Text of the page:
New guidelines to combat sexual assault may be a step in the right direction for universities

By Nicole Montero/Staff Writer

Reacting to publicized rapes on college campuses across the nation, the White House has released new guidelines requiring colleges to comply with new campus safety and security requirements aimed at curbing sexual assault, domestic violence, dating violence and stalking.

The proposed rule, formally published in the Federal Register on June 20, would implement changes to the Jeanne Clery Disclosure of Campus Security Policy and Campus Crime Statistics Act, under the Violence Against Women Reauthorization Act, which President Barack Obama signed last year.

Under the regulations, institutions would be required to compile statistics for incidents of dating violence, domestic violence and stalking, in addition to the currently compiled statistics for sexual assaults and other crimes.

Among the many recommendations, the White House urges universities across the country to ensure that reports of sexual crime cases remain confidential, as well as to conduct anonymous surveys and adopt anti-assault policies.

Whitney Bauman, assistant professor for the Department of Religious Studies and a part of the Women’s Studies Center, believes that the efforts are a step in the right direction and that they could bring awareness to such issues.

“I don’t believe that anything we do will be enough until the problem is solved,” he said. “But I also think that these efforts are a step in the right direction for dealing with the problem and forcing universities to take a long look at what’s going on in their campuses— the first step is always recognition.”

Other notable changes include: adopting the FBI’s revised, more inclusive definition of rape; requiring institutions to ensure that their disciplinary proceedings in response to alleged incidents of dating and domestic violence, sexual assault and stalking are prompt, fair and impartial; specifying requirements for university programs to prevent sexual crimes; and strengthening protections for victim confidentiality.

To help institutions with these changes, the government will be launching the NotAlone.gov website to track enforcement and provide victims with information.

“The NotAlone.gov website is quite helpful because it has resources for students and schools,” Bauman said. “We should have this link available to our students because the student’s well-being should always be our first priority.”

He also proposes that FIU start brainstorming a way to combat issues of sexual assaults.

To this, he offers an idea: to have a town hall-style meeting in the fall to discuss sex crimes and come to an agreement on how the University should act.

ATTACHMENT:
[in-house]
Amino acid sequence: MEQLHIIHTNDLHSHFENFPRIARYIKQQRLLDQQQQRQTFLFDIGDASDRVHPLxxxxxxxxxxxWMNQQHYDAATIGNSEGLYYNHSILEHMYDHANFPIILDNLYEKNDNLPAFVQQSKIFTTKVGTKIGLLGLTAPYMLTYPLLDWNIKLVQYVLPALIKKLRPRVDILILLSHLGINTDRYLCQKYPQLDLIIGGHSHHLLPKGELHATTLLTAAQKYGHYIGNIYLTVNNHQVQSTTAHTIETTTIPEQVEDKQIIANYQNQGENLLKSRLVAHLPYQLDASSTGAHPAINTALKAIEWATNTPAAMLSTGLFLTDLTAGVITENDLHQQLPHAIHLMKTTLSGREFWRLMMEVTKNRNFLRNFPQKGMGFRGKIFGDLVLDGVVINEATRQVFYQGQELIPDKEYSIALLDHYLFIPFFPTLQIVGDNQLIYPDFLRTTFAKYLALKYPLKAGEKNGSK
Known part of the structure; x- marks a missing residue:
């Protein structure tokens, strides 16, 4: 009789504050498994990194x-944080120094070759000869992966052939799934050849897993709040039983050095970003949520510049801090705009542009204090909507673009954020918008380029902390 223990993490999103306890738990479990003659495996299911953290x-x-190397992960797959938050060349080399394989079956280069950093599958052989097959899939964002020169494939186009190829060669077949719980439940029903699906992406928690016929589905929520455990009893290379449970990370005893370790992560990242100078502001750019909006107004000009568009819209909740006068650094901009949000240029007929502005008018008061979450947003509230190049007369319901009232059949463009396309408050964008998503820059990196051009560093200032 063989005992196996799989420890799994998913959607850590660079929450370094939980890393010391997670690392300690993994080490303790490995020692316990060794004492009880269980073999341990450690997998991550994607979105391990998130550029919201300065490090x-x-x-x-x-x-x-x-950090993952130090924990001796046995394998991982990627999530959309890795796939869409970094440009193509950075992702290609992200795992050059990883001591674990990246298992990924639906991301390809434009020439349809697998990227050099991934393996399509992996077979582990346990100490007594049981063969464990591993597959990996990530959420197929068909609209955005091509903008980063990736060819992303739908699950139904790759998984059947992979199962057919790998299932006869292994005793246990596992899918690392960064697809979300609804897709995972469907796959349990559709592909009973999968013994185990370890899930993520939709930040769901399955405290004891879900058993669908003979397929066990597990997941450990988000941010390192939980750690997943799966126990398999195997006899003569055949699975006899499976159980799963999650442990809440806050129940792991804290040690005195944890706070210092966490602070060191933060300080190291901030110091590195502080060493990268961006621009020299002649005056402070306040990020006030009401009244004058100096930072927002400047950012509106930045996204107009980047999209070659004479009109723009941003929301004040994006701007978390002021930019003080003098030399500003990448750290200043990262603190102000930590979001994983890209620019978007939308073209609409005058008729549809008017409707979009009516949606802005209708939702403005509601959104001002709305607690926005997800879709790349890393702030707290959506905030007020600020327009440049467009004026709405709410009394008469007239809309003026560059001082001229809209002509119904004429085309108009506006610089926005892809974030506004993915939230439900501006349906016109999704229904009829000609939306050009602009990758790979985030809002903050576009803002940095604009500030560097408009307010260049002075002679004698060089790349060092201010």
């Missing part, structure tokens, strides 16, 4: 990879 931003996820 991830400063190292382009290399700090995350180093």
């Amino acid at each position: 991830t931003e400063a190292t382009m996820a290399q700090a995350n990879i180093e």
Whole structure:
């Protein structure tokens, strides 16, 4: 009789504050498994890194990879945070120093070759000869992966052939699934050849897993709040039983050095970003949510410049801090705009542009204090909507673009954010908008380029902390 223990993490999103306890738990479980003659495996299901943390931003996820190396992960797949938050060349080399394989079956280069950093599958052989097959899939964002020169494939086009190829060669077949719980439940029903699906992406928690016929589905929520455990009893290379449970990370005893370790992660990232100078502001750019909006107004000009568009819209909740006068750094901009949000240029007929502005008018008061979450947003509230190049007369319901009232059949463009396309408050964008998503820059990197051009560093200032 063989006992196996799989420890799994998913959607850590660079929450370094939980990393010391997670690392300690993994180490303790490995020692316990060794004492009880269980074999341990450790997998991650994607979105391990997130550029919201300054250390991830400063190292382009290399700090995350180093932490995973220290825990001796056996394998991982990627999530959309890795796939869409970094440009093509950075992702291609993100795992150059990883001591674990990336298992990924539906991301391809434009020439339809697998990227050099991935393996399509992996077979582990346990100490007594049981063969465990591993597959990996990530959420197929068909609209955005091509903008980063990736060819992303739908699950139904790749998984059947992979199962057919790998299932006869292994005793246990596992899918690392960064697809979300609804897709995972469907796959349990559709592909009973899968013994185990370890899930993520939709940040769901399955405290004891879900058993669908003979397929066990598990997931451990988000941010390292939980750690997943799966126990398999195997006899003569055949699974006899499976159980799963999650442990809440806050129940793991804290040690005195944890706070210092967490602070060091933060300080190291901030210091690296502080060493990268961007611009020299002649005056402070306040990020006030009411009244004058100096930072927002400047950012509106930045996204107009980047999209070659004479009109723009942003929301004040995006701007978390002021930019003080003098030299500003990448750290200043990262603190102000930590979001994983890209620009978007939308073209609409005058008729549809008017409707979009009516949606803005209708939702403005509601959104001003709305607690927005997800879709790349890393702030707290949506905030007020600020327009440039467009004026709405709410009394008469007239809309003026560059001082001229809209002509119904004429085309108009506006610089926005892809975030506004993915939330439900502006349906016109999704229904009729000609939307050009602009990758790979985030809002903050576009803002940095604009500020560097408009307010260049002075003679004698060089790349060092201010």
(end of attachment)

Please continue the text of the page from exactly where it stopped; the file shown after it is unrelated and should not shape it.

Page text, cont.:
“If one in five people were being tazed in the face in FIU’s campus every day, then you can bet that there would be a huge meeting about it and people would be dealt with accordingly,” he said.

Bauman believes that it is important for FIU to meet and to find a way to help the problem as a community. According to him, sexual assaults are problems that exist in sexist cultures and, because it is historically set in that culture, it is silent.

Cynthia Rodriguez, sophomore majoring in health service administration, also believes the University should meet to discuss how they will be combating these issues. She also emphasizes the importance of having anonymous methods.

“I think that the anonymous surveys and the gathering of statistics can work to get a better idea of the number of students who have actually experienced these crimes at FIU,” she said.

Rodriguez does not necessarily think that everything must be anonymous, but she believes that the option to be anonymous should always be there. According to her, many students are embarrassed to talk about their experiences openly— especially males.

“Men suffer the same emotional turmoil as women but are probably less likely to report cases of assault due to fears of being laughed at or ignored,” she said.

In fact, according to the National Crime Victimization Survey, 38 percent of rape and sexual violence incidents are against men, with 46 percent of male victims reporting female perpetrators.

Another student, Stephanie Olayon, sophomore psychology major, believes that the guidelines set for universities will better the problem. Nevertheless, she has difficulty believing that the situation will have a perfect solution.

“I don’t think that this problem will ever go away because there will always be people that do this sickening thing to others— be it male or female,” she said.

However, Olayon also said that she was pleased with the government for bringing attention to issues of sexual assaults and opening the eyes of various students and universities.

The University’s sex assault numbers have remained low since 2010, according to the University Police Department annual security report. However, the most recent sex offense case, according to the online police crime log, was this past April in the Green Library, and the case remains an open investigation.

A sex offense case that occurred last April at the Green Library remains "open," according to the online police crime log.

Though there are many questions about the effectiveness of the White House’s task force and new guidelines, Bauman remains optimistic.

“This is a huge epidemic and I am glad that it has been becoming less violent and less acceptable in society,” he said. “FIU should embrace these new policies and actually go above and beyond what the recommendations are.”

news@fiusm.com

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